Renting in Portland – Why are the rents so damn high?

Renting in Portland

One of the big problems people are complaining about right now are the cost of renting in the Portland Oregon Area. Portland has been on a huge number of “best of lists,” the climate is mild year round, and let’s face it, the nature nearby is awesome. Economically Portland is also growing as major tech companies move operations from the Bay Area, or local startups start hitting the big time.

All of this is leading to historically low vacancy rates in Portland’s rental market! The last time we saw vacancy rates this low, was soon after the second wagon train on the Oregon trail reached it’s destination.

Why are the rents so damn high?

Rent is too damn high
Jimmy McMillan of the The Rent is Too Damn High Party

So lets examine this in detail by “purchasing” a new property and working out the numbers. Currently, 4149 NE 82ND AVE is on the market for $1,095,000. It has 13 units, 12 of which are 2 bed, 1 bath. The last unit is 1 bed, 1 bath and is probably the property manager’s unit. For sake of argument, lets assume we are renting this one out too.

Since this is commercial real estate you have to have 20% down to purchase. That is $219k, leaving us to finance $860089. Commercial real estate comes in at about a point higher then residential so let us assume at today’s rates an optimistically low 5.25% interest for a 30 year loan. The reality is that it may be higher and for a shorter loan time.

That comes out to monthly payments of $5873.49. But we don’t have insurance or taxes in that. I’m going to ball park about $12000/year in insurance because it is a nice round number, but it is probably on the low side. The listing says that taxes are $14624.29 a year.

So with these two costs the owner’s monthly debt is now $8292.18 a month. Divided by 13 units, rent is $637.86. Sounds great doesn’t it?

Wait. I forgot management fees that typically run about 8% a month per a unit, assuming we don’t have onsite management who lives in that small unit for free. So we are now at $688.88/month.

But that totally ignores other factors. A rule of thumb is to have 4 months operating costs on hand. That is $33168.72 total, and lets generously say we’ll save that over a year. That is an additional $212.62/month bringing our rent to $901.51 a month.

Now, we still have another factor, the original $219k down. Since this is an investment property we need to recoup this cost. Typically we want these to be paid in 5-8 years, but lets assume ten years. That comes out to $140.38 per an apartment per a month. So our monthly is now $1041.89 per an apartment.

Another cost we haven’t thought about is maintenance. It costs about $500 to rehab an apartment for the next tenant. New paint, patch holes in wall, cleaning, etc. We also have about $200 in legal and advertising fees to rent an apartment out. That is comes to another $58.33 a month bringing us to $1100.22 a month assuming we are doing 12 month leases.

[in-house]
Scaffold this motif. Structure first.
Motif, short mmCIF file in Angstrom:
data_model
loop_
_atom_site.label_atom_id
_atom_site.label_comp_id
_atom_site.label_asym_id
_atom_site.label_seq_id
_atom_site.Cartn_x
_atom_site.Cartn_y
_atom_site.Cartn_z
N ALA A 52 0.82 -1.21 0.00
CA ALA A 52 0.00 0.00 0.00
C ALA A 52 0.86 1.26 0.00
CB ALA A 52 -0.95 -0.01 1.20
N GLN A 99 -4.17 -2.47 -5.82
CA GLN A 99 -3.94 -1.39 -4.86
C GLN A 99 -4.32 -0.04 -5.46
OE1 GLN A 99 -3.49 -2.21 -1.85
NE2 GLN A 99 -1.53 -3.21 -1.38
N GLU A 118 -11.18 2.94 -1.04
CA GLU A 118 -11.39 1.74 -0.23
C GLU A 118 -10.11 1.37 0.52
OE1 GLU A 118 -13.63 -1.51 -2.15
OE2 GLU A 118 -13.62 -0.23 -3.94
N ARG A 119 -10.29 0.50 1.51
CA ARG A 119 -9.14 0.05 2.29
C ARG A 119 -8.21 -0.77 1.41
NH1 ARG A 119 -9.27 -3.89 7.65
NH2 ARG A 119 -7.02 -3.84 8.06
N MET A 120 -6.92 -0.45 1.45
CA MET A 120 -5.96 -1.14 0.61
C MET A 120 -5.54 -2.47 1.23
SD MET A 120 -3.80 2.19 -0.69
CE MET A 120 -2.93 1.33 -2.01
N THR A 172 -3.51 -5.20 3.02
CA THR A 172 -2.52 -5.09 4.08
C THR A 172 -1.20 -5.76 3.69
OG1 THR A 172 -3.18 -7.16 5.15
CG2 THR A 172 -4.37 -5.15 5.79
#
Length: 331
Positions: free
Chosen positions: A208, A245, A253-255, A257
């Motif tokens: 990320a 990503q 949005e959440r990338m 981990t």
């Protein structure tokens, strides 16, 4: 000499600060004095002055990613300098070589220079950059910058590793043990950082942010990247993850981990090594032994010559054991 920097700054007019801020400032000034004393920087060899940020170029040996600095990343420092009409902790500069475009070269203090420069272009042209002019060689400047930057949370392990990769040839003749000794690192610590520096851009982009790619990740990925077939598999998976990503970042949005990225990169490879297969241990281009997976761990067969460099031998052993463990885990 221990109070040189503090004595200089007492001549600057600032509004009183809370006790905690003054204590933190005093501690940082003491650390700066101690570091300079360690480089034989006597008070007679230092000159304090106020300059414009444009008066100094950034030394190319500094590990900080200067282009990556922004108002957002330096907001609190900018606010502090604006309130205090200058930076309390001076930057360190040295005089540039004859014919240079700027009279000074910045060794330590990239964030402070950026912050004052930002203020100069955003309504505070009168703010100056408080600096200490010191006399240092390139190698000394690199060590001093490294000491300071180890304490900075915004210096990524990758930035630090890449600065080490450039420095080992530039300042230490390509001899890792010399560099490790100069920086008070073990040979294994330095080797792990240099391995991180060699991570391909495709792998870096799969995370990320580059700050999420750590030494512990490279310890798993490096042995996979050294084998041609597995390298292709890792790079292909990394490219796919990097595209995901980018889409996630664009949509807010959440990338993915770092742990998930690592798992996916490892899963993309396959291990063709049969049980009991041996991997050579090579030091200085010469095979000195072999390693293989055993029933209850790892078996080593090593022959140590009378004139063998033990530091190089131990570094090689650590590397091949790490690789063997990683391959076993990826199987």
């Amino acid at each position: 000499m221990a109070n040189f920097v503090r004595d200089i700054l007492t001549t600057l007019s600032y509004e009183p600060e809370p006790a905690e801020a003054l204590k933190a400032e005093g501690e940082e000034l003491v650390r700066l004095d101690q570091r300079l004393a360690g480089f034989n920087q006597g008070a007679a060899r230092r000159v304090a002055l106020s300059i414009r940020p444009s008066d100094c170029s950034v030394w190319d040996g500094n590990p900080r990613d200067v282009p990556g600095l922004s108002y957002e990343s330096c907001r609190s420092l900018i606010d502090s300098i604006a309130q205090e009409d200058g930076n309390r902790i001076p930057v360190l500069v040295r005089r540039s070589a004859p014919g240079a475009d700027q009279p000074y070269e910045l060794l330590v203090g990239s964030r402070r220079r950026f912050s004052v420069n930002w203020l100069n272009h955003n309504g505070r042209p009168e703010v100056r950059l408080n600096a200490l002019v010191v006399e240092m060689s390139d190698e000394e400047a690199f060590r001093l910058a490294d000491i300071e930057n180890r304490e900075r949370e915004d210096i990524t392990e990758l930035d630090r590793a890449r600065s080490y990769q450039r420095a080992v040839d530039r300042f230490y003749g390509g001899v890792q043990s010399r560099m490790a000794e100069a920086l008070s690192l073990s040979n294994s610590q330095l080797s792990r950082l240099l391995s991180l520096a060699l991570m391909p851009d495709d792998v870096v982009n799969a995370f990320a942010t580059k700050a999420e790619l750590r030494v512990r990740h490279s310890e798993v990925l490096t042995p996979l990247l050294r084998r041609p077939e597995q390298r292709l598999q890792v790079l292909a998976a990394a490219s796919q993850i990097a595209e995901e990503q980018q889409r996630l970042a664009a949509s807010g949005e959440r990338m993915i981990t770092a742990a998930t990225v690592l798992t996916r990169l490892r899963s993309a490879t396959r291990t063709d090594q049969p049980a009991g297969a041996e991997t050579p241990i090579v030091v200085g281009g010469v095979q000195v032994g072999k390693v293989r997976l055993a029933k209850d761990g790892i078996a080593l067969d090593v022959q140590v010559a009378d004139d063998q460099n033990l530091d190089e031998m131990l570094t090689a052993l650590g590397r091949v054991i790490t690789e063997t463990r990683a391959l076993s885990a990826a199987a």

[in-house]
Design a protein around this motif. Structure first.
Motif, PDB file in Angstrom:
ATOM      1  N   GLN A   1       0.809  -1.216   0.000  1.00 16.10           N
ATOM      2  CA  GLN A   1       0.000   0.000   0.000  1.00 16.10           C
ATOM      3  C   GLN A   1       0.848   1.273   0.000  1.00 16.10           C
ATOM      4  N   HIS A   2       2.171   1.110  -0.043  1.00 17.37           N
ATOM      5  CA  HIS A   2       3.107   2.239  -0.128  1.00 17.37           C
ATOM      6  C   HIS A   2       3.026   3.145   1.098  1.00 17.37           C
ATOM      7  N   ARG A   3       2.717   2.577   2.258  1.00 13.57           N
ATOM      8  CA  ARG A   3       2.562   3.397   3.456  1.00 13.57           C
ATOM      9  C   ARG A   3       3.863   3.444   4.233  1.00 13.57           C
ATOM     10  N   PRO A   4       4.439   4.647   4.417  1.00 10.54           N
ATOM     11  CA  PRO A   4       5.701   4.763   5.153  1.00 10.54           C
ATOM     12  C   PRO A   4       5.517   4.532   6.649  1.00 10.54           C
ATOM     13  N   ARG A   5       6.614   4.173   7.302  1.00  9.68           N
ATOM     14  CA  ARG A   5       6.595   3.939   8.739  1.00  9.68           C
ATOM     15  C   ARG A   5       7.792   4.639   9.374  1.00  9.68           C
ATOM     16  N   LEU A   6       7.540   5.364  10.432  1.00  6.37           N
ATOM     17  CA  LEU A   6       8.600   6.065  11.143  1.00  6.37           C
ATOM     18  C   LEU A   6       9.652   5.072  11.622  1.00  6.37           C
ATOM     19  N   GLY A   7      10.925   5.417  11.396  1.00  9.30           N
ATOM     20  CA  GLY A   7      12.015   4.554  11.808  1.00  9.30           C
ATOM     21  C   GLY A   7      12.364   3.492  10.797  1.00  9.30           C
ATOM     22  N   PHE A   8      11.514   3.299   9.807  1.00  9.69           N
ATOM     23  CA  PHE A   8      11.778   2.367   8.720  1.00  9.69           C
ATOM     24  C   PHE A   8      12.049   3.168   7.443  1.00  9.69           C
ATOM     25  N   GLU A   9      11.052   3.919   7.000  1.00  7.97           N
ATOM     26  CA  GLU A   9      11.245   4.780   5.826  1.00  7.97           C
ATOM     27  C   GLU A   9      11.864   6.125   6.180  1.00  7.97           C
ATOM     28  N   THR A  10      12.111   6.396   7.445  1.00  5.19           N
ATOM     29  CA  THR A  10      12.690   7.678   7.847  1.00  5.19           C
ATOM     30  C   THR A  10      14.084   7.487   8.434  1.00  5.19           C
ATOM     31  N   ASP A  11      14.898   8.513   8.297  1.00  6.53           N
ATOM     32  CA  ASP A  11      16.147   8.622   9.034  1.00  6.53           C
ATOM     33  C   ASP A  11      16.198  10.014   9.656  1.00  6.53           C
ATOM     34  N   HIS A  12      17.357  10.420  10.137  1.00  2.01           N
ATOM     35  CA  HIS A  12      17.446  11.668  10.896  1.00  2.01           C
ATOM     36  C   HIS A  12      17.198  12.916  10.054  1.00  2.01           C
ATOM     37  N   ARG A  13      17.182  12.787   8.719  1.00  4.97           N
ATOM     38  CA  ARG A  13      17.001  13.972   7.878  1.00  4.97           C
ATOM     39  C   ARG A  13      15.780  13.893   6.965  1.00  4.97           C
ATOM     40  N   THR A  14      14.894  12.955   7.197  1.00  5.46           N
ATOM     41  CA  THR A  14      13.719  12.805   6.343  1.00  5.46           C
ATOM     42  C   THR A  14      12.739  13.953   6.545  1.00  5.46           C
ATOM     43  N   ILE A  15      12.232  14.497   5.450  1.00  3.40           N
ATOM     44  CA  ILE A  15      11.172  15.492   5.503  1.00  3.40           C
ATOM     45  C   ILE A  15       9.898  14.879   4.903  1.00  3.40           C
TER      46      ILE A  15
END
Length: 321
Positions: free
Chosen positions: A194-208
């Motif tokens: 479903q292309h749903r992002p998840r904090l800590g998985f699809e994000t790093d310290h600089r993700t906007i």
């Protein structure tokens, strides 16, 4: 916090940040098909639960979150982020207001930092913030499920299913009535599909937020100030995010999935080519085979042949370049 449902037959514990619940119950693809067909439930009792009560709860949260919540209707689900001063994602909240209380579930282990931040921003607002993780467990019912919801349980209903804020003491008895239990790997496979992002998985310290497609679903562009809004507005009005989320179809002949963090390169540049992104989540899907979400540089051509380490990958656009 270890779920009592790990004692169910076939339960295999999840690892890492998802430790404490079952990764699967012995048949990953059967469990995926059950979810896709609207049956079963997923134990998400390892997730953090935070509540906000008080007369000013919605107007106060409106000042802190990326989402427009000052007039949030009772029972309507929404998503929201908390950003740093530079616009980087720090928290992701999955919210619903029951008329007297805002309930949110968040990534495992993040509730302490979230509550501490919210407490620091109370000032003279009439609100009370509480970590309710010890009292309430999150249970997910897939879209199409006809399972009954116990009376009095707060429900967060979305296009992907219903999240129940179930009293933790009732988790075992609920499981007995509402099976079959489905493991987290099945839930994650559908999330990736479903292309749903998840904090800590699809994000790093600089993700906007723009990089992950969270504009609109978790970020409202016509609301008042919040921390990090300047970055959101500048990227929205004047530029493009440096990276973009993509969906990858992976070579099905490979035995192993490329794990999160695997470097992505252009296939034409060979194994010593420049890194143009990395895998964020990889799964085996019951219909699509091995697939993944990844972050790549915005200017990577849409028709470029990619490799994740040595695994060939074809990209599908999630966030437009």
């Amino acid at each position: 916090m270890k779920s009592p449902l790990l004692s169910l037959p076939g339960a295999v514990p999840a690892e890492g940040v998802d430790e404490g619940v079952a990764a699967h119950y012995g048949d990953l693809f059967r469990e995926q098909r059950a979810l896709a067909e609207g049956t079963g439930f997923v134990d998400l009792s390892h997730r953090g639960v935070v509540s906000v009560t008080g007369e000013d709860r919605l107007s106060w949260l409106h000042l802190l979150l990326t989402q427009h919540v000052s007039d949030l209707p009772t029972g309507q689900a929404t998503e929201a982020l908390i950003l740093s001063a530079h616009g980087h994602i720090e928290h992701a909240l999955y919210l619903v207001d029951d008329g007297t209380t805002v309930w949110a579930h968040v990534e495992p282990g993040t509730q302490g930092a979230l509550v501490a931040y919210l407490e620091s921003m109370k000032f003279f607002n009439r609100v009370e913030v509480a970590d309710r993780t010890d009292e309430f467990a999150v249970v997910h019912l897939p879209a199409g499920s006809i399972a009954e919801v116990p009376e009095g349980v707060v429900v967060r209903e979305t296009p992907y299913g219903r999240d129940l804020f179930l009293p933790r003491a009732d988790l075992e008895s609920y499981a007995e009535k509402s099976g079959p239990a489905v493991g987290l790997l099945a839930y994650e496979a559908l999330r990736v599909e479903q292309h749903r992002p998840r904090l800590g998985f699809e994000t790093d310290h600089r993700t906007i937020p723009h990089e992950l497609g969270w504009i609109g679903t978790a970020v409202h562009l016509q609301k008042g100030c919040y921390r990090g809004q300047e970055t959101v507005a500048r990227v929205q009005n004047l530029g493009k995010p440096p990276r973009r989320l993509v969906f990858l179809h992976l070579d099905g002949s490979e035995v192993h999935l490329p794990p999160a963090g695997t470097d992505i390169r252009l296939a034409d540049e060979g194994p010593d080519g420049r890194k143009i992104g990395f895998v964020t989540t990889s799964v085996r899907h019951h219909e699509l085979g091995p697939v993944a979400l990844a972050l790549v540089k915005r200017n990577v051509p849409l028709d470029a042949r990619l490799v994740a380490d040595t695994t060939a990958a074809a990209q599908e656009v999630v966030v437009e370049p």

I happen to know that this property has been on the market for some time though, so I can safely surmise that in this market it must have a large number of problems that will add at least another 20% to the purchase cost. Otherwise it would have been purchased months ago.These are typically roof and foundation issues. A roof on a building that size is going to cost about $30k. Foundation issues can be $20k to $100k depending on the issues. We probably also need major renovations in each unit which typically come in at about $8k per a unit. Those include new carpet, appliances, and basic kitchen/bathroom remodeling. I would not be surprised to find it also needs major electrical and plumbing. Lets just say renovations to this property is going to cost $200k total which needs to come out of pocket up front or be financed.

That brings our original price back up to the $1million dollar range and is going to add another $93 month per a unit over 30 years. So our total is now $1193/month, per a unit just to break even on all the costs. Don’t forget that we are putting $33168.72 per year into our emergency fund. Lets assume we only spend about half of it for emergency, basic maintenance and to cover months without tenants. We could probably drop rents $106.31 per a unit after the second year to account for this. Either way, under this scenario we are not making money until year 11 of ownership.

Now, that all being said there are landlords who are skimping on maintenance and gouging on fees and rent. We could also probably talk the price down $100k or so but that is only going to change the monthly cost per a unit by $50 or so. Interestingly, estimates the rent on this property to be $1191 per a month so I’m pretty much in the ballpark.

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